If the app stores ever want to be taken seriously as a real gaming platform, they should just give the big publishers their own channels/lists. So instead of focusing all of it's efforts on list positioning, EA could focus on other things like making games that are actually fun to play on a phone.

Posted:8 months ago

#17

Kingman Cheng Illustrator and Animator

954 182 0.2
I see what you're saying David but it's not exactly the same.

Difference here with the rating system is is that restaurant manager feedback gets stuck on their shop window. They don't have to worry about their image with a feedback slip that's been handed back or put inside a feedback box. Imagine if instead of feedback slips every customer got a smiley face to stick on the shop window. But the customers are told you can stick a happy face on the window, if you want to stick a sad face on our window we'd recommend you don't do that and just write us a note.

So the shop window is full of just smiley faces -unless- a customer takes the initiative to ignore what the staff say and stick a sad face up. It's not just feedback they're worried about it's their image.

Posted:8 months ago

#18

Dan Wood Visual Effects Artist

35 58 1.7
Popular Comment
It's not feedback they're interested in whatsoever.
Yes, users *can* exit the game, and rate the game directly. They don't have such control that they can suppress all bad reviews.

They don't need to though. All this system is designed to do is to sway the balance. A lot of people won't realise or won't bother to work around their rating interception, and if enough people don't realise or don't bother, they get a disproportionate number of 5 star reviews compared to the true average sentiment. It doesn't matter if a whole mass of people get 1-star reviews up, if they can flood a larger number of 5-star reviews, they keep their aggregate score higher than 3-stars.

They knew what the backlash would be to Dungeon Keeper, the same way they knew full-well what the backlash would be against SimCity. As ever, they're not particularly interested in how great the game is, or feedback to make the game better. They're more interested in how best to game the system and minimize the backlash effectively. It may even be that they're expecting these controvercial games to be a form of loss-leader. People will throw a fit the first time do something disgusting. People will stop caring after they've done it a few times... the media frenzy and public backlash will quieten down, and they'll be left to quietly exploit consumers with the same tricks in peace.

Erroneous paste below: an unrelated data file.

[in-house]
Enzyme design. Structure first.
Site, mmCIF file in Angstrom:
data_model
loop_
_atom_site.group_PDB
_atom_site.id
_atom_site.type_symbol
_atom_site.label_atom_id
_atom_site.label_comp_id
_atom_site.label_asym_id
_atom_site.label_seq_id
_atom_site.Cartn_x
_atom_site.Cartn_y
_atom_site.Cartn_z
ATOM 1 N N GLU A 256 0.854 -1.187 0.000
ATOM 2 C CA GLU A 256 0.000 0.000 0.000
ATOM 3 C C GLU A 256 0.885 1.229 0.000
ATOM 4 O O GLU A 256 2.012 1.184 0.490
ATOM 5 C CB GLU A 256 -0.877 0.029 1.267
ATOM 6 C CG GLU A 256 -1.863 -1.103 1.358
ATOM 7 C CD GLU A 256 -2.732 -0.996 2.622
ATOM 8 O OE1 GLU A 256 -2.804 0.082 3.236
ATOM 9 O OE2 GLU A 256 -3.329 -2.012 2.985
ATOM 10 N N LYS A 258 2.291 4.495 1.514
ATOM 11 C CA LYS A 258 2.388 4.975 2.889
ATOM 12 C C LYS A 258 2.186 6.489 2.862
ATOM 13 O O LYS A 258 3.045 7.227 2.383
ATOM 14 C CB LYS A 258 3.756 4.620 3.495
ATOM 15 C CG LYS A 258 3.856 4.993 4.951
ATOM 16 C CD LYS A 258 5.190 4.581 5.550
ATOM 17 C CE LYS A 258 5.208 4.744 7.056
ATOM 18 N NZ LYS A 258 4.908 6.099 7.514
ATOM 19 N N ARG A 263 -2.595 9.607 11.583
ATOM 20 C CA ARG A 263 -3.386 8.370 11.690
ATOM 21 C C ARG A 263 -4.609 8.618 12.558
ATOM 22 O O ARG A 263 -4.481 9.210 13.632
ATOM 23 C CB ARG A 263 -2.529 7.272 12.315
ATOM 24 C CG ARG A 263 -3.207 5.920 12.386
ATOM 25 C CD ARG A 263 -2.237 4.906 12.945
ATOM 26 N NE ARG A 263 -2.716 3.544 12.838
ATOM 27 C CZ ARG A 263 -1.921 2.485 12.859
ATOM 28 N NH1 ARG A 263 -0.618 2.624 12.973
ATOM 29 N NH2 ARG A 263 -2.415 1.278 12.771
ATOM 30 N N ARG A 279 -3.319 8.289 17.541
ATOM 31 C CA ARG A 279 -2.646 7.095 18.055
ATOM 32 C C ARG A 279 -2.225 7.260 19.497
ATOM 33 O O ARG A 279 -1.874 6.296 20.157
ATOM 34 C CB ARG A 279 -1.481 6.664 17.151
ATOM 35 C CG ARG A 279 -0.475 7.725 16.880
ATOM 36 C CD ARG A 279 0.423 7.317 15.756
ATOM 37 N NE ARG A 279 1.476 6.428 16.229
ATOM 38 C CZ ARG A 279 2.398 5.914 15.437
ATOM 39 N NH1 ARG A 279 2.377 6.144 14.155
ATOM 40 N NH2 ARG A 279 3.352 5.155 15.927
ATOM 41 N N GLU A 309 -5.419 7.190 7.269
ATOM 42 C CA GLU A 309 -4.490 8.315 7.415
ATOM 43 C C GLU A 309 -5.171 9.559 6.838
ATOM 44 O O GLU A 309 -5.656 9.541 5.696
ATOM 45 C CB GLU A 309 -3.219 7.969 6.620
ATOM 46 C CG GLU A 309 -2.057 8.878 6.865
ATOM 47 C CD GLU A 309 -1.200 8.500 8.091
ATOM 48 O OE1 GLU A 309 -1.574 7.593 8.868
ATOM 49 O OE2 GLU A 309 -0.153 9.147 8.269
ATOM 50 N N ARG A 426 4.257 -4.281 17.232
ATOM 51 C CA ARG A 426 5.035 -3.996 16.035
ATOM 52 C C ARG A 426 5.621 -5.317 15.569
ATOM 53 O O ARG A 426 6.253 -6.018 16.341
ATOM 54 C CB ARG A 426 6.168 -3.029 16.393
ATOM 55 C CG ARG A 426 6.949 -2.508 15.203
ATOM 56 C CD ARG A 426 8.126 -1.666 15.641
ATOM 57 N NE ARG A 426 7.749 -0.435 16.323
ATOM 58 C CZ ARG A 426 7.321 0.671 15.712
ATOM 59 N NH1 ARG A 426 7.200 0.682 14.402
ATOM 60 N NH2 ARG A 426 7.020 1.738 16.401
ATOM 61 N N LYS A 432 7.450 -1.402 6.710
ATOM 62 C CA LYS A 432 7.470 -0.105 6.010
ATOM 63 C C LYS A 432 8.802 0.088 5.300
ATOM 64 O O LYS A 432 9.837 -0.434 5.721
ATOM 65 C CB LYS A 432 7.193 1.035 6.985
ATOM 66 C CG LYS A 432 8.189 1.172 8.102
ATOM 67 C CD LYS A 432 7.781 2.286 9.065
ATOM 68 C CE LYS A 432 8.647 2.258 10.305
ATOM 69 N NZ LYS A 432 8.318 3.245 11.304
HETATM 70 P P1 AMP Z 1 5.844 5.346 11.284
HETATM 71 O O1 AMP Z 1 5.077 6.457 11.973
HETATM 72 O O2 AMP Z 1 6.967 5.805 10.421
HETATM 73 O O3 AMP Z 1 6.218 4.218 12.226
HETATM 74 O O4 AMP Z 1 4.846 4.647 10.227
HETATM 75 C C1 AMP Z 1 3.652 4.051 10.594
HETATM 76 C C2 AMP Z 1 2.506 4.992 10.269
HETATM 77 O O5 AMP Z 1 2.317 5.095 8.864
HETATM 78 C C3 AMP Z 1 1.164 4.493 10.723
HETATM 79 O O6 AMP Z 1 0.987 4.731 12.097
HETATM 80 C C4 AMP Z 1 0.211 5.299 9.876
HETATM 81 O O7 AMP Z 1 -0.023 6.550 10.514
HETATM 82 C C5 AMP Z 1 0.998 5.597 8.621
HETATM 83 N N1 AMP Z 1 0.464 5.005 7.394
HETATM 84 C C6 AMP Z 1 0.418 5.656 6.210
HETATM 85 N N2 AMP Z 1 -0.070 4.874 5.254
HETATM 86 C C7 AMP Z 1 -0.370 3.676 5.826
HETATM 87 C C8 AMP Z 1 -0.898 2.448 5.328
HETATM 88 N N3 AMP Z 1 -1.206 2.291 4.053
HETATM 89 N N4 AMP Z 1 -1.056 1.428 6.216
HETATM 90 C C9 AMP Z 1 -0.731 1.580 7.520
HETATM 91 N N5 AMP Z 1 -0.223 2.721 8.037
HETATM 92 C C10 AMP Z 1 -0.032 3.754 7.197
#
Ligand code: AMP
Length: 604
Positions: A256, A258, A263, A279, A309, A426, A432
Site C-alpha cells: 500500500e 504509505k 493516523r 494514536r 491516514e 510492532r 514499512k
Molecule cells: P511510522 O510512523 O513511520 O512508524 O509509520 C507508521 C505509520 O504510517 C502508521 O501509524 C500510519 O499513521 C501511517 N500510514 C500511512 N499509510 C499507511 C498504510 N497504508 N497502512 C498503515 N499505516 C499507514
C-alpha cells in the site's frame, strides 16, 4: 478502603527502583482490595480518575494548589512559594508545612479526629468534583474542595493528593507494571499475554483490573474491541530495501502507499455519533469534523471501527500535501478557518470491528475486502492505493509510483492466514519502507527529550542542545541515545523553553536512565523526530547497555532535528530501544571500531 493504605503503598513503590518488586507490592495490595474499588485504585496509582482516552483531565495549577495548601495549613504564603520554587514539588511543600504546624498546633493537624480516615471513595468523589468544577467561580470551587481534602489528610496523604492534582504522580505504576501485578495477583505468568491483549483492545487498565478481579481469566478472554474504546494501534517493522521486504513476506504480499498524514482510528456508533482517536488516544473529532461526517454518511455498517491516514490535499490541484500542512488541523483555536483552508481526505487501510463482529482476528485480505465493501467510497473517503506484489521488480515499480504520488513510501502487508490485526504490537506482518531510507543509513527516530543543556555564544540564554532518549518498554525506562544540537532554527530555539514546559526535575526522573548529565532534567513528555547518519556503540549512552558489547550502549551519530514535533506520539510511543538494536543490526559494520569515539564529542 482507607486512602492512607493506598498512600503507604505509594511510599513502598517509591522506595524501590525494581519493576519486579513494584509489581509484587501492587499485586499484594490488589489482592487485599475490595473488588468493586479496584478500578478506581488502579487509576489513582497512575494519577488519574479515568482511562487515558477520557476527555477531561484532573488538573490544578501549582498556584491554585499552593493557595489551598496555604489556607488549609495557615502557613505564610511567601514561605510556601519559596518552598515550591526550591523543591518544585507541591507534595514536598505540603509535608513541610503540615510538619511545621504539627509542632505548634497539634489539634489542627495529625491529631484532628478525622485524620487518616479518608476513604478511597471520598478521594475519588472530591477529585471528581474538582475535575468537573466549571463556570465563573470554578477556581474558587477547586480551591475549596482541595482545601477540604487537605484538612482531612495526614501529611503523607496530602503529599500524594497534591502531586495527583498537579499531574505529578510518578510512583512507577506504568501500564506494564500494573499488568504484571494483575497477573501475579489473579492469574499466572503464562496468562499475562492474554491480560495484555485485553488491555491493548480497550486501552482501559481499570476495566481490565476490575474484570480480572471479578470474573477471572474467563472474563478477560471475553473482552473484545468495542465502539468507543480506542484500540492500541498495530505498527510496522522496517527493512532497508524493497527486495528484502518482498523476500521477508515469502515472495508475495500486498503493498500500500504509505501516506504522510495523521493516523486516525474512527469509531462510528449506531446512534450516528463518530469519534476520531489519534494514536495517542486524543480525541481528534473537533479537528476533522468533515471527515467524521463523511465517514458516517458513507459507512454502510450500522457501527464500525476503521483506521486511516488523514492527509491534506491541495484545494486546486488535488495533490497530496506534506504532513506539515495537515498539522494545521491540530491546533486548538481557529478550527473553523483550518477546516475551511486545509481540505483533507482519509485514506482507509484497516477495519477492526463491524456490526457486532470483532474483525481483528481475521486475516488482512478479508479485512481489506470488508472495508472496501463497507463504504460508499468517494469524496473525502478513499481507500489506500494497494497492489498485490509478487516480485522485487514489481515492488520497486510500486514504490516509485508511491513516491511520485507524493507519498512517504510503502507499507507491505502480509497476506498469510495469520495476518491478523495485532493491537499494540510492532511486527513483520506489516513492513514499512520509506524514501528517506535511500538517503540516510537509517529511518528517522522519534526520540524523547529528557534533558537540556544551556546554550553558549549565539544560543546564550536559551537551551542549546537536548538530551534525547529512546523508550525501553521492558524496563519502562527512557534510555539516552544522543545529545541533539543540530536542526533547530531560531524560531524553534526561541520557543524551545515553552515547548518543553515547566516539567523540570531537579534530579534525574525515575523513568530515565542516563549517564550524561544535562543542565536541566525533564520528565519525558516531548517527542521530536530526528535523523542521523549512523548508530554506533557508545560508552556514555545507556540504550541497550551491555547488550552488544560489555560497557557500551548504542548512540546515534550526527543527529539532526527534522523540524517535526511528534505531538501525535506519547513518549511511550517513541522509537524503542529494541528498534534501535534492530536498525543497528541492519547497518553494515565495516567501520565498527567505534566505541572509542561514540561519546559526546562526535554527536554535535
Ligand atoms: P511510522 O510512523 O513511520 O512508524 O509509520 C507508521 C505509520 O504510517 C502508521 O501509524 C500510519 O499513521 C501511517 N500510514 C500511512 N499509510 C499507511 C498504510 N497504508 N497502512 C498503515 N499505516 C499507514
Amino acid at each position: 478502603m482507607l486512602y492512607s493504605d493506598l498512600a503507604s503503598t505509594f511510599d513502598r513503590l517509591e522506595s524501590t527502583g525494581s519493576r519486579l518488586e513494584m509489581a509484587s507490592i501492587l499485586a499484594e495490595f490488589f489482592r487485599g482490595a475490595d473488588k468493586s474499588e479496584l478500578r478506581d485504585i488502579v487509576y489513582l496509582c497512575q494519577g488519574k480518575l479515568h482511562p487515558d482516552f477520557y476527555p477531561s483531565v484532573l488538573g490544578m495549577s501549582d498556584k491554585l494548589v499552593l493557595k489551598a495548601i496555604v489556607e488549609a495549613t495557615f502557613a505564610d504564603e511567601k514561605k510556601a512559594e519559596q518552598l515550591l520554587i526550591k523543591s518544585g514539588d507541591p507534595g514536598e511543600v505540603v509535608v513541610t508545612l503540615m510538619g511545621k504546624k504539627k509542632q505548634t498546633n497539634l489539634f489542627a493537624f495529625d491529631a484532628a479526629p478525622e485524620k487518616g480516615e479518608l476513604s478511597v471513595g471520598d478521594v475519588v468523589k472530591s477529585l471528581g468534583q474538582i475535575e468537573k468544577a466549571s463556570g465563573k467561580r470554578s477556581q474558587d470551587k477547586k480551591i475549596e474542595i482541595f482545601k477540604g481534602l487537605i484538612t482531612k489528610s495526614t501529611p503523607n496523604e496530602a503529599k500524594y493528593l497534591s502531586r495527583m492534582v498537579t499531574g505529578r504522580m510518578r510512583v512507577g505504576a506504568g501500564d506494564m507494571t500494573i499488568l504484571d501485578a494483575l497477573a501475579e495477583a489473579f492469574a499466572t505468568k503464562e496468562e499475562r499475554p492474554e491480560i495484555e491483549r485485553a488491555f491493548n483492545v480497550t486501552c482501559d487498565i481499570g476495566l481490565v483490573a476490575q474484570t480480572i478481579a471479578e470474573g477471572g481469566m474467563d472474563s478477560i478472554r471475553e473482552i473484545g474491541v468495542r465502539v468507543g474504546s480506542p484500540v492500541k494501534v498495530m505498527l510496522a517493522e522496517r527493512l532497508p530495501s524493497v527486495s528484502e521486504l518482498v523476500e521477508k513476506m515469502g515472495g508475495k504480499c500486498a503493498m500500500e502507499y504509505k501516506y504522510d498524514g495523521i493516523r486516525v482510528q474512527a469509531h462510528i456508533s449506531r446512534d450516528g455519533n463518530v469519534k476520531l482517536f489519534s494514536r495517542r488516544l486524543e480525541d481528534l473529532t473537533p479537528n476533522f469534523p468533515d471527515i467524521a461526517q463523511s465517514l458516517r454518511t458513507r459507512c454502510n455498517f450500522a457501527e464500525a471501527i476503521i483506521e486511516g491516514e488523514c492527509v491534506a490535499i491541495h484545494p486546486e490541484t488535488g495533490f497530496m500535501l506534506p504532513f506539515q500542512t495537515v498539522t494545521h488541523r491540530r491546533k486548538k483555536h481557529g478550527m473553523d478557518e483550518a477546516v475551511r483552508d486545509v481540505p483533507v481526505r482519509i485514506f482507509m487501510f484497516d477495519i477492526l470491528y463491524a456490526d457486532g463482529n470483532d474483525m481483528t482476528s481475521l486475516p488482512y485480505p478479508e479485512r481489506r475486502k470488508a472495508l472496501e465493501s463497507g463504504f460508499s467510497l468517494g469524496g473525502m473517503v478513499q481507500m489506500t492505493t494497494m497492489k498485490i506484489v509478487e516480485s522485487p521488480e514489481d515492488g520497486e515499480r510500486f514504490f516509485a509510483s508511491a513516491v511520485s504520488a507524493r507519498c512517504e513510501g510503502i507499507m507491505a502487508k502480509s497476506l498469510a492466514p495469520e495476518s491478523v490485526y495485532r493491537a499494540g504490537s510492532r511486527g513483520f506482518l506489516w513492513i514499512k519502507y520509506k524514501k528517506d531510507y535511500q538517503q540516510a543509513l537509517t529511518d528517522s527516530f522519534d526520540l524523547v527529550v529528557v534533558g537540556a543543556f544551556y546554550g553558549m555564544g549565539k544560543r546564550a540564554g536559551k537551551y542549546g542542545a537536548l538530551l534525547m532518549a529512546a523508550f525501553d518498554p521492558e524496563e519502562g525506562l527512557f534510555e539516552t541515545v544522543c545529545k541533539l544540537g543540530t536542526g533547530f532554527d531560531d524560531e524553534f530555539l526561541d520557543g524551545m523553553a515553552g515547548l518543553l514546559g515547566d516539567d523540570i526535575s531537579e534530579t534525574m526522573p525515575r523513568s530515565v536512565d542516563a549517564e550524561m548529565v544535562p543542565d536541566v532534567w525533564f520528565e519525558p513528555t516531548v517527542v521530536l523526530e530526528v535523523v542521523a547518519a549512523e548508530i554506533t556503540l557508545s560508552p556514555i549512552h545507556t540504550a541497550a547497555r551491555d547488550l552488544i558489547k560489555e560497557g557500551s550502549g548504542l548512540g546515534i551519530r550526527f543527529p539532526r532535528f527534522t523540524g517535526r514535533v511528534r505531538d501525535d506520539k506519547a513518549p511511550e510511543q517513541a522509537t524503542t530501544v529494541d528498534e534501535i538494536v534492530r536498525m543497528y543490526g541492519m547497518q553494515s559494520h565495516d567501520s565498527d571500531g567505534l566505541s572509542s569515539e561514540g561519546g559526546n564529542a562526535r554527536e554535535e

Dungeon Keeper strikes me as such a knowingly extreme concentration of every sickening design choice and business practice they can possibly pack into one game, that thinking about it, it may have been a conscious decision to set the bar so miserably low with a single game that future games employing these poor practices look more reasonable than they otherwise would have. If they hit people with the fat-end of the wedge first, there's a distinct possibility people will openly welcome the thin-end as "showing more consideration to their customers".

Edited 2 times. Last edit by Dan Wood on 12th February 2014 1:52pm

Posted:8 months ago

#19

Andreia Quinta Creative & People Photographer, Studio52 London

224 590 2.6
I honestly think this is being blown somewhat out of proportion and the comments on this and the other articles shows the bias that goes on against EA.
As Morville mentioned (albeit more eloquently), the 'hate' comes from somewhere. It's hard to believe some people swallow this PR spin so gladly when it's harming the very industry they work on. You wonder why people don't take this industry seriously, why "games are for kids"? These 'out of proportion' things is the why.

Posted:8 months ago

#20

Curt Sampson Sofware Developer

596 360 0.6
Well, it turns out to be a reasonable business approach to do enough work to keep 80-90% of the players happy and let the other ones suck rocks. I abandoned Battlefield 3 for World of Tanks, on which I've since spent over a thousand dollars, and EA seems just fine with that, nor does it seem to have affected their sales that adversely.

Let's face it, we all like to complain about EA, but their games keep selling just fine, so why should they change?

Posted:8 months ago

#21